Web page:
Hillary Clinton Calls For Global Conference To Deal With Syrian Refugee Crisis

But she didn't call for the United States to take more refugees than the paltry number it has already committed to.

WASHINGTON -- Democratic presidential candidate Hillary Clinton said Wednesday at the Brookings Institution that the United States should press for an "emergency global gathering" where countries would commit to taking in refugees fleeing war in Syria. 

Though Clinton didn't name a specific number of refugees she thinks the United States should absorb, she did say that the country should "do our part." The U.S. has announced that it will accept 8,000 refugees in 2016, but advocacy groups have called for that number to be increased to 100,000. The crisis in Syria has displaced more than 4 million people, and advocates say the U.S. pledge represents "a drop in the bucket." 

The former secretary of state compared her proposed global gathering to the 2010 conference co-sponsored by the United Nations and U.S. that raised billions for earthquake-devastated Haiti from countries, banks and nongovernmental groups.

"We're coming up on the U.N. General Assembly, I think that there should be an emergency global gathering where the U.N. literally tries to get commitments," she said. "After the Haiti earthquake we had a huge gathering at the U.N., where, literally, it was like a pledge conference, where we said, 'What are you going to do? What can you contribute?' And, little countries to big countries, all stepped up. And it was a great show of support in the face of a terrible natural disaster."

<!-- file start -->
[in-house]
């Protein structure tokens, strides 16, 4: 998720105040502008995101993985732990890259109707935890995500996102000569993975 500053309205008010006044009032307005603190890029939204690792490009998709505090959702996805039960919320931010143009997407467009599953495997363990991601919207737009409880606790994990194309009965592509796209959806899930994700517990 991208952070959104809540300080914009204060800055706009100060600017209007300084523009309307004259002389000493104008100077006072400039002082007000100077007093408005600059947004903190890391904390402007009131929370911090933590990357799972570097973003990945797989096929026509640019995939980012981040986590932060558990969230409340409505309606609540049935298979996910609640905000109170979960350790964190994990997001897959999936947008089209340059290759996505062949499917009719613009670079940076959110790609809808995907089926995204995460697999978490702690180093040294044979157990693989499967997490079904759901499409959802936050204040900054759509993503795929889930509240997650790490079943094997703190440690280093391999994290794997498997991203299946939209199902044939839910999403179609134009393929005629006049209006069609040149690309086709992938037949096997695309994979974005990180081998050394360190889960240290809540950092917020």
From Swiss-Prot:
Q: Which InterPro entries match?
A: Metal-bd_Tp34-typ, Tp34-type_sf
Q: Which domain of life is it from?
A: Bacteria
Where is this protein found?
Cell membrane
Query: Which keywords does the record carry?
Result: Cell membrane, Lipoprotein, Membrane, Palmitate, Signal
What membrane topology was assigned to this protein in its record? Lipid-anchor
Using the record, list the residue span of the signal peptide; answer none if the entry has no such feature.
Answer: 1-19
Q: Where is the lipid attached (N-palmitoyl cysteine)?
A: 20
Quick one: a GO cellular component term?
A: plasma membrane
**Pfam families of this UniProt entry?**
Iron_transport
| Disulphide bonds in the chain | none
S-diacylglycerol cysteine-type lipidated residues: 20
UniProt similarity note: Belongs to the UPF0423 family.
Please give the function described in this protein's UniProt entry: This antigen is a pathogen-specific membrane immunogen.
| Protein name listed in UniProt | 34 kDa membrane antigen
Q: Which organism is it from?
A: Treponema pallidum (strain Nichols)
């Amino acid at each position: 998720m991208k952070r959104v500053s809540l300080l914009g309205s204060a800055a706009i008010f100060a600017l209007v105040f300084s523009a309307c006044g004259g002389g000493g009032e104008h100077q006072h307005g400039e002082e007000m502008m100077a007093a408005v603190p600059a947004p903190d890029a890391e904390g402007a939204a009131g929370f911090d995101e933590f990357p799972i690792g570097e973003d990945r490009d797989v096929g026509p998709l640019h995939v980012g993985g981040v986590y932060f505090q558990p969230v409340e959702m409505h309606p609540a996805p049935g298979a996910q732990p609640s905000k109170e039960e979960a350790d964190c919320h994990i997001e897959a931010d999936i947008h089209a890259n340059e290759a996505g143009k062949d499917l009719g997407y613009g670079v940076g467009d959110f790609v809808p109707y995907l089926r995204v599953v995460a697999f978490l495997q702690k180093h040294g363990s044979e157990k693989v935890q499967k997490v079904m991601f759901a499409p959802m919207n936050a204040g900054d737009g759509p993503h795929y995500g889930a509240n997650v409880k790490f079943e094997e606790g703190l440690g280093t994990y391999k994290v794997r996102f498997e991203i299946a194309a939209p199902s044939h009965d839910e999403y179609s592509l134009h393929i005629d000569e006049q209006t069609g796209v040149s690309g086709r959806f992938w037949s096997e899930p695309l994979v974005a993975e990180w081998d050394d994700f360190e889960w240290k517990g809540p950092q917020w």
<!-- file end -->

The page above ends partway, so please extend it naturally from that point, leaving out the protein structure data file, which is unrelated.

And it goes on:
Clinton commended Jordan, Lebanon and Turkey for their "incredible" work supporting refugees, saying that those three countries have not received enough support. 

"We need to do something similar, and I've publicly called on the U.N. to convene such a gathering, doing it again today in front of all of you," she continued. "And the United States has to be at the table, has to be leading it ... I think that though it's not on our doorstep, we have a real interest in working not just with our European friends, I think this is a global responsibility. And, if you're too far away, or for whatever reason you don't think you can take refugees, then you have to contribute money." 

The comments were in line with those Clinton made last week in an interview with MSNBC's Andrea Mitchell. She said then that the crisis was "heartbreaking" and that the issue was one that affects the entire world, and not just Syrians. 

For his part, Secretary of State John Kerry told The Huffington Post in an interview that though the U.S. has donated over $4 billion in humanitarian assistance, the country could do "a lot more" to protect refugees by supporting existing camps. 

One of Clinton's opponents, former Maryland Gov. Martin O'Malley, has tried to make the refugee crisis an issue in the Democratic presidential primary. Since O'Malley called for the U.S. to absorb at least 65,000 Syrian refugees by the end of next year, it is significant that Clinton has, so far, refused to name a specific number of refugees beyond what the country has already committed to.